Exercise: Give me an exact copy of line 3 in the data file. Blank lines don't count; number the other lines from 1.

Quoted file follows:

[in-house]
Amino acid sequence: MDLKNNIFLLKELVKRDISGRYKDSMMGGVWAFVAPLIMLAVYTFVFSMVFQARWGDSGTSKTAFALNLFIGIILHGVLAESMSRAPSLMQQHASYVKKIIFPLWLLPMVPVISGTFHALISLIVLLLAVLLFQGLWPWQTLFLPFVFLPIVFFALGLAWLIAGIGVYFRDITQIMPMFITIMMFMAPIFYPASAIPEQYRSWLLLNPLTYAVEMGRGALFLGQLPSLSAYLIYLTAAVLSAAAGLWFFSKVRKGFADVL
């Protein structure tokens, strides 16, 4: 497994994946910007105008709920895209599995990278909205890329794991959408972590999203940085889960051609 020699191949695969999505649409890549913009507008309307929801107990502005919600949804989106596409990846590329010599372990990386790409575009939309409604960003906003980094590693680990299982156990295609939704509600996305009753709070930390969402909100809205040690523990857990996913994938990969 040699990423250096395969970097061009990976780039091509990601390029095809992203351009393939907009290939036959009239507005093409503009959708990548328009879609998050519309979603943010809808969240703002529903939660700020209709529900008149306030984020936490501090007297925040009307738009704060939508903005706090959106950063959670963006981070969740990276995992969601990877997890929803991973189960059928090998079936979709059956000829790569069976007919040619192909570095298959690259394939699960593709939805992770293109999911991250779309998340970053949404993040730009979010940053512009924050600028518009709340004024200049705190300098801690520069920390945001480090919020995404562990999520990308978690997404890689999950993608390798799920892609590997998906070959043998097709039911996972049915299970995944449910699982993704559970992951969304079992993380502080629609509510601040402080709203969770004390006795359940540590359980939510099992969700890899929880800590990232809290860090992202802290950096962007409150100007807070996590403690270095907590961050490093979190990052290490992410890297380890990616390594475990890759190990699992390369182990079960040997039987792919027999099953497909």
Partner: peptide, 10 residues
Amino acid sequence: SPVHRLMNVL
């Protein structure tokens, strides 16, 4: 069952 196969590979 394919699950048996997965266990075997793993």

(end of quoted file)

């Protein structure tokens, strides 16, 4: 497994994946910007105008709920895209599995990278909205890329794991959408972590999203940085889960051609 020699191949695969999505649409890549913009507008309307929801107990502005919600949804989106596409990846590329010599372990990386790409575009939309409604960003906003980094590693680990299982156990295609939704509600996305009753709070930390969402909100809205040690523990857990996913994938990969 040699990423250096395969970097061009990976780039091509990601390029095809992203351009393939907009290939036959009239507005093409503009959708990548328009879609998050519309979603943010809808969240703002529903939660700020209709529900008149306030984020936490501090007297925040009307738009704060939508903005706090959106950063959670963006981070969740990276995992969601990877997890929803991973189960059928090998079936979709059956000829790569069976007919040619192909570095298959690259394939699960593709939805992770293109999911991250779309998340970053949404993040730009979010940053512009924050600028518009709340004024200049705190300098801690520069920390945001480090919020995404562990999520990308978690997404890689999950993608390798799920892609590997998906070959043998097709039911996972049915299970995944449910699982993704559970992951969304079992993380502080629609509510601040402080709203969770004390006795359940540590359980939510099992969700890899929880800590990232809290860090992202802290950096962007409150100007807070996590403690270095907590961050490093979190990052290490992410890297380890990616390594475990890759190990699992390369182990079960040997039987792919027999099953497909």